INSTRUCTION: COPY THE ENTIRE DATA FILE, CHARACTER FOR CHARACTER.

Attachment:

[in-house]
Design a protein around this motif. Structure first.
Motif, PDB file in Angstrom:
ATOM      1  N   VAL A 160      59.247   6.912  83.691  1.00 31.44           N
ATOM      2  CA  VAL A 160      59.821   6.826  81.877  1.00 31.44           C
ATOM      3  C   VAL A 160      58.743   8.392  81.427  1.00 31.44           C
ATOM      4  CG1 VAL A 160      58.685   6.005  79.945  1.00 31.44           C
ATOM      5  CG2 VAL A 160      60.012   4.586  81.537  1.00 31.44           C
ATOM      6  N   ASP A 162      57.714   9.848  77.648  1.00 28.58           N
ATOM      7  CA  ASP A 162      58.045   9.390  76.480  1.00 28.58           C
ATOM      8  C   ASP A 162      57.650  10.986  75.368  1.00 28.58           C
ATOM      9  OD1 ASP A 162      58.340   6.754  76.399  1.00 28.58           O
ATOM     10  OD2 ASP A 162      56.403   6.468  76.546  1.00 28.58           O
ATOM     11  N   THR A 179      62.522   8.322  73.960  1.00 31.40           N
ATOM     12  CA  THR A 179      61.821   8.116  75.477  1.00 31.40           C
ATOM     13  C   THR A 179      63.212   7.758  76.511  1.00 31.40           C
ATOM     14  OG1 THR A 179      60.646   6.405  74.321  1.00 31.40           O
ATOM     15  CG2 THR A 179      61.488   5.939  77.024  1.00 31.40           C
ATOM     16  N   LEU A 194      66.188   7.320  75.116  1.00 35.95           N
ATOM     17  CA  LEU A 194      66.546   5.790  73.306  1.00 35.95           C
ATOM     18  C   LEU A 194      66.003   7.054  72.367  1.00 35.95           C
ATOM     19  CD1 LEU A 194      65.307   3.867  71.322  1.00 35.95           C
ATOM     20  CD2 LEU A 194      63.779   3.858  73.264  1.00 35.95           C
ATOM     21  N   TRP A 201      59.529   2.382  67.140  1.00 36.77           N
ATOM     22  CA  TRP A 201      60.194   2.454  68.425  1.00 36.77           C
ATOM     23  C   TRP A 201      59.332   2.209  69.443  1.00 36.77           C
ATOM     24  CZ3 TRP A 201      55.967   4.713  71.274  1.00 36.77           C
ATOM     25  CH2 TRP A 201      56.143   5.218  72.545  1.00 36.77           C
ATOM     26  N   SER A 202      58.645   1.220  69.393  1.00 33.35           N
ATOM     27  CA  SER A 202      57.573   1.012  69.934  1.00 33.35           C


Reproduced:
[in-house]
Design a protein around this motif. Structure first.
Motif, PDB file in Angstrom:
ATOM      1  N   VAL A 160      59.247   6.912  83.691  1.00 31.44           N
ATOM      2  CA  VAL A 160      59.821   6.826  81.877  1.00 31.44           C
ATOM      3  C   VAL A 160      58.743   8.392  81.427  1.00 31.44           C
ATOM      4  CG1 VAL A 160      58.685   6.005  79.945  1.00 31.44           C
ATOM      5  CG2 VAL A 160      60.012   4.586  81.537  1.00 31.44           C
ATOM      6  N   ASP A 162      57.714   9.848  77.648  1.00 28.58           N
ATOM      7  CA  ASP A 162      58.045   9.390  76.480  1.00 28.58           C
ATOM      8  C   ASP A 162      57.650  10.986  75.368  1.00 28.58           C
ATOM      9  OD1 ASP A 162      58.340   6.754  76.399  1.00 28.58           O
ATOM     10  OD2 ASP A 162      56.403   6.468  76.546  1.00 28.58           O
ATOM     11  N   THR A 179      62.522   8.322  73.960  1.00 31.40           N
ATOM     12  CA  THR A 179      61.821   8.116  75.477  1.00 31.40           C
ATOM     13  C   THR A 179      63.212   7.758  76.511  1.00 31.40           C
ATOM     14  OG1 THR A 179      60.646   6.405  74.321  1.00 31.40           O
ATOM     15  CG2 THR A 179      61.488   5.939  77.024  1.00 31.40           C
ATOM     16  N   LEU A 194      66.188   7.320  75.116  1.00 35.95           N
ATOM     17  CA  LEU A 194      66.546   5.790  73.306  1.00 35.95           C
ATOM     18  C   LEU A 194      66.003   7.054  72.367  1.00 35.95           C
ATOM     19  CD1 LEU A 194      65.307   3.867  71.322  1.00 35.95           C
ATOM     20  CD2 LEU A 194      63.779   3.858  73.264  1.00 35.95           C
ATOM     21  N   TRP A 201      59.529   2.382  67.140  1.00 36.77           N
ATOM     22  CA  TRP A 201      60.194   2.454  68.425  1.00 36.77           C
ATOM     23  C   TRP A 201      59.332   2.209  69.443  1.00 36.77           C
ATOM     24  CZ3 TRP A 201      55.967   4.713  71.274  1.00 36.77           C
ATOM     25  CH2 TRP A 201      56.143   5.218  72.545  1.00 36.77           C
ATOM     26  N   SER A 202      58.645   1.220  69.393  1.00 33.35           N
ATOM     27  CA  SER A 202      57.573   1.012  69.934  1.00 33.35           C